Saturday 18 November 2017

Teacher 'let girls have free rein on web only for them to Google naked boys'

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Stock photo
Independent.ie Newsdesk

Independent.ie Newsdesk

A teacher at a £10,000 a year girls' prep school was sacked after he​ gave six and seven-year-olds free rein to search the internet only for them to look up pornography, an employment tribunal has heard.

The young pupils searched for "the Queen's underwear" and "naked boys" on their school computers during a lesson from newly-qualified teacher Werner Nel.

When Mr Nel realised what they were trying to do, he closed down the files and later allegedly tried to delete the search history before his bosses discovered what had been happening during his class.

The tribunal heard however that senior staff found out about the web searches after some girls told their parents they had seen "willies in mouths" at school.

On Tuesday the fee-paying Brockhurst and Marlston House Preparatory School near Newbury in Berkshire was being sued for public interest disclosure, unfair dismissal and breach of contract by Mr Nel who was sacked from his job as IT teacher after an internal investigation.

HR manager Rachel Harper said Mr Nel, who lives in Hermitage, had told a co-worker about the incident while waiting in the lunch queue but downplayed its severity, saying the year 2 pupils had only found images of "people in their underwear."

She said: "We went straight to the search history and saw that a search had been made for 'naked boys'.

"We clicked on it immediately and without doubt what was displayed on screen was multiple images of hardcore pornography involving men.

"Unfortunately there were some of small boys mixed in with them.

"My immediate thought was that I could not believe a teacher who saw these images did not instantly push a big red safeguarding button.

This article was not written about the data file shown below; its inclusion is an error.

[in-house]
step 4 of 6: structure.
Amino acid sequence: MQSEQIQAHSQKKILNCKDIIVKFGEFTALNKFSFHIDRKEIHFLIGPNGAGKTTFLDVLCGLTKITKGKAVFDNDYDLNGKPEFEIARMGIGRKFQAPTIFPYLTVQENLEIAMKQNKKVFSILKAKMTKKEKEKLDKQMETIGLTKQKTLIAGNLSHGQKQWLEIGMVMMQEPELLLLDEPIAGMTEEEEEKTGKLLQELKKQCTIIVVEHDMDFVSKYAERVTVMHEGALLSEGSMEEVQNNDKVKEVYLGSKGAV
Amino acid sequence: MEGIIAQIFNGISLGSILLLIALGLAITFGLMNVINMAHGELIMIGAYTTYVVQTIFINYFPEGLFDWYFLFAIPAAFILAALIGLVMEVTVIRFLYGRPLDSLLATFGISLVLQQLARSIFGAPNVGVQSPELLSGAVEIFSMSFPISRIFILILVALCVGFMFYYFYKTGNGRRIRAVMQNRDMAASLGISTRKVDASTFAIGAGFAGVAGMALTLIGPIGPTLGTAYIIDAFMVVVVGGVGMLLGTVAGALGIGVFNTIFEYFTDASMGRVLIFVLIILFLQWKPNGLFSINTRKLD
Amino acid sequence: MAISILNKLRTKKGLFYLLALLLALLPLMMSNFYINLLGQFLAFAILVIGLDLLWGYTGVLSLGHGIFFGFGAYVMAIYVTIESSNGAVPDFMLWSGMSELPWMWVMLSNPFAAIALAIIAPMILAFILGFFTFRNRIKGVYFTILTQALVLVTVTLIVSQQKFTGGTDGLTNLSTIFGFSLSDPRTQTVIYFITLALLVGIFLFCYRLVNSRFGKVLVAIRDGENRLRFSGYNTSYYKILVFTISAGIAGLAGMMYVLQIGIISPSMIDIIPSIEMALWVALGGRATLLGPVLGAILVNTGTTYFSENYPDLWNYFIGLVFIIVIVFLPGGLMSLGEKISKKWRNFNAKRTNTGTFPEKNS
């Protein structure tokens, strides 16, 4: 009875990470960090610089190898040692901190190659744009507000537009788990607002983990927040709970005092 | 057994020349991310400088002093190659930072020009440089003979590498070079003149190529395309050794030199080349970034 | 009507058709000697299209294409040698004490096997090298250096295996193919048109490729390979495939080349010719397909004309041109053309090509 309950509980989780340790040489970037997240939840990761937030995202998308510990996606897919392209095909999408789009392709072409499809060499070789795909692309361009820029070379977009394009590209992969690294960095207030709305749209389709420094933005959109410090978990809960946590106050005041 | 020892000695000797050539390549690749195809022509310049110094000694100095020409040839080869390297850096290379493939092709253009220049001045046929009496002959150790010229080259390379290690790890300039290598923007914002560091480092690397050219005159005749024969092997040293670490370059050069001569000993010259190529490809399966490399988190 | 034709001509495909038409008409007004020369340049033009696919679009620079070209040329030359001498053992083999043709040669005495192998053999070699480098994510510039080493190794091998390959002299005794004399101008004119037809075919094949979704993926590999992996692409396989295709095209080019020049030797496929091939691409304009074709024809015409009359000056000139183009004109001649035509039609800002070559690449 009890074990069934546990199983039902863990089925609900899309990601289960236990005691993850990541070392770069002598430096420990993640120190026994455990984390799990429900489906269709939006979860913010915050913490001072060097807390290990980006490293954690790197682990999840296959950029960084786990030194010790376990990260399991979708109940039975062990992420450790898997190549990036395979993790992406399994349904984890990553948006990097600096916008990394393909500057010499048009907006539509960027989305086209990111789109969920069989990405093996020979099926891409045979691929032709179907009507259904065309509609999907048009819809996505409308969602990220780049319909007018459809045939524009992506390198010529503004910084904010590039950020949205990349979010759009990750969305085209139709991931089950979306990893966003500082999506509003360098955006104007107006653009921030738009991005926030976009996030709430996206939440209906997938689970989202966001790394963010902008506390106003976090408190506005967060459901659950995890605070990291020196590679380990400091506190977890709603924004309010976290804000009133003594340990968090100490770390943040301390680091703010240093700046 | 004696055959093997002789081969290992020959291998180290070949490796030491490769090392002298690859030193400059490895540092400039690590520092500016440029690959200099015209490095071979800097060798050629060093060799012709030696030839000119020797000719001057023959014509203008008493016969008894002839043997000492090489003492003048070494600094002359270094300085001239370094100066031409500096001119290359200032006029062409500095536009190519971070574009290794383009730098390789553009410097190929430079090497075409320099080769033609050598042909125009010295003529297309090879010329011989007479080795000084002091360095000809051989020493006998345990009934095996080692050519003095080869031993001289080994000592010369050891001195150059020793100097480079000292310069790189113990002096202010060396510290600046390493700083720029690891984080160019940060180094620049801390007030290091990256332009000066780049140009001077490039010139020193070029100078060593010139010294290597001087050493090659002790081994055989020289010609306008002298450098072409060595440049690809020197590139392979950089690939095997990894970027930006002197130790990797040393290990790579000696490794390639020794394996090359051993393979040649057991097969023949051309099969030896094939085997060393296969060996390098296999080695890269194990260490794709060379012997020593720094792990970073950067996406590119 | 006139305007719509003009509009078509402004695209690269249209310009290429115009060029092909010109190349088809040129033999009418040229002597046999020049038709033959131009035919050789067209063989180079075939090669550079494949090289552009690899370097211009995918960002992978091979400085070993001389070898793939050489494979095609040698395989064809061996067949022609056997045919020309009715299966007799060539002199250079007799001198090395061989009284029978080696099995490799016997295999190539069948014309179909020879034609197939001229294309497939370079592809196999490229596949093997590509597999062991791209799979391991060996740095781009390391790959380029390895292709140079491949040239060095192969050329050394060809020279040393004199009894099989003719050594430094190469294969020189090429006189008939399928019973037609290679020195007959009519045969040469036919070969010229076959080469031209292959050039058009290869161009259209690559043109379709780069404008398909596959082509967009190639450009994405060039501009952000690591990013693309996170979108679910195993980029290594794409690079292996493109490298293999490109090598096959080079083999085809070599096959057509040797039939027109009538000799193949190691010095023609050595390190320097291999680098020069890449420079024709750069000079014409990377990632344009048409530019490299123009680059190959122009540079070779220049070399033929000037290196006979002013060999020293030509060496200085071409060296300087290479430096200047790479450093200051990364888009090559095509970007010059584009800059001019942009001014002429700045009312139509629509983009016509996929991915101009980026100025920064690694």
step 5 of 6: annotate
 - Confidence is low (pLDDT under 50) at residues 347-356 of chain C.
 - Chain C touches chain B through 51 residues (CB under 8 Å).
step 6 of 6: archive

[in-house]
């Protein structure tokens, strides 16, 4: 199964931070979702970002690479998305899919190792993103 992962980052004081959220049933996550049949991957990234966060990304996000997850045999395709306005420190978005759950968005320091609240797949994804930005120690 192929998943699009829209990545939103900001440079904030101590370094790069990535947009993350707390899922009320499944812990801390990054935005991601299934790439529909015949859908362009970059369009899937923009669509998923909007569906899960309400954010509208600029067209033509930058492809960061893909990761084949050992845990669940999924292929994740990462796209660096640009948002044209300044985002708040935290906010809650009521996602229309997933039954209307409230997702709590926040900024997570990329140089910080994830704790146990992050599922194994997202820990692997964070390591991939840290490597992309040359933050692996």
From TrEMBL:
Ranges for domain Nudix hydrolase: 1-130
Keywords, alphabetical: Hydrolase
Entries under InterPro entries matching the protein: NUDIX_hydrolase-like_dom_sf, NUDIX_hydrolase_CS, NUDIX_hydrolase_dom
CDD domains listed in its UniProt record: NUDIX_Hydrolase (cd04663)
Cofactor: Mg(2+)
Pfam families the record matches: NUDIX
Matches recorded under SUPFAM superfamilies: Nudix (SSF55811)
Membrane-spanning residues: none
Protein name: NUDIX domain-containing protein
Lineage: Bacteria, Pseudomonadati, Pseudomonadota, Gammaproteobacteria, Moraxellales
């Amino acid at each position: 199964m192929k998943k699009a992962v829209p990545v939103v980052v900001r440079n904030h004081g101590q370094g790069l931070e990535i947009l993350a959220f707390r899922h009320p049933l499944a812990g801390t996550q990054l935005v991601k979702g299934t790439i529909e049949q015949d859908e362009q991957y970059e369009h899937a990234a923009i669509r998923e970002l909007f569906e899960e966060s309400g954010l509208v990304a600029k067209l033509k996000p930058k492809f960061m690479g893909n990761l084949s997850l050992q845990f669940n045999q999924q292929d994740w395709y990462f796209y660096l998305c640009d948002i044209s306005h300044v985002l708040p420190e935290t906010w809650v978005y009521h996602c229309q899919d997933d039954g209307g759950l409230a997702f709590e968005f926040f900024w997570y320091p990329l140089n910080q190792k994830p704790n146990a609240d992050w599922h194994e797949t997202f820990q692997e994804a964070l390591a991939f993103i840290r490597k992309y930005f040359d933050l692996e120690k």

"I was shocked at both the images and why someone very senior had not been immediately made aware of what the children had seen."

The tribunal heard that Mr Nel had not known that these search queries had been discovered by his superiors and printed out on that same evening.

Miss Harper said that when he brought his version of the documents to her the next morning, she noticed the two searches, from Terminal 13 and Terminal 17, had gone missing.

IT consultant Chris Jones at Infratek Limited, who was hired by the school to prevent the breach from happening again, said the search history had been changed by deleting the queries and manually changing the computer's clock to enter a new query with the same time stamp.

Following his formal dismissal from the prep school, Mr Nel contacted the school to raise a formal grievance, saying that during the investigation there had been "a complete lack of HR support, causing him considerable stress."

In a letter read out at the tribunal, he said the school had made him a "scapegoat" by assuming at the first instance that he had been responsible for changing the browser history.

During cross-examination it was revealed that experts from Answers Investigation, a firm hired by the school to determine how the searches were deleted, revealed that the search words would have been changed before Mr Nel logged onto the system at 9.35am on a Monday morning.

The employment tribunal in which Mr Nel is suing his former school employers was adjourned until today

Telegraph.co.uk

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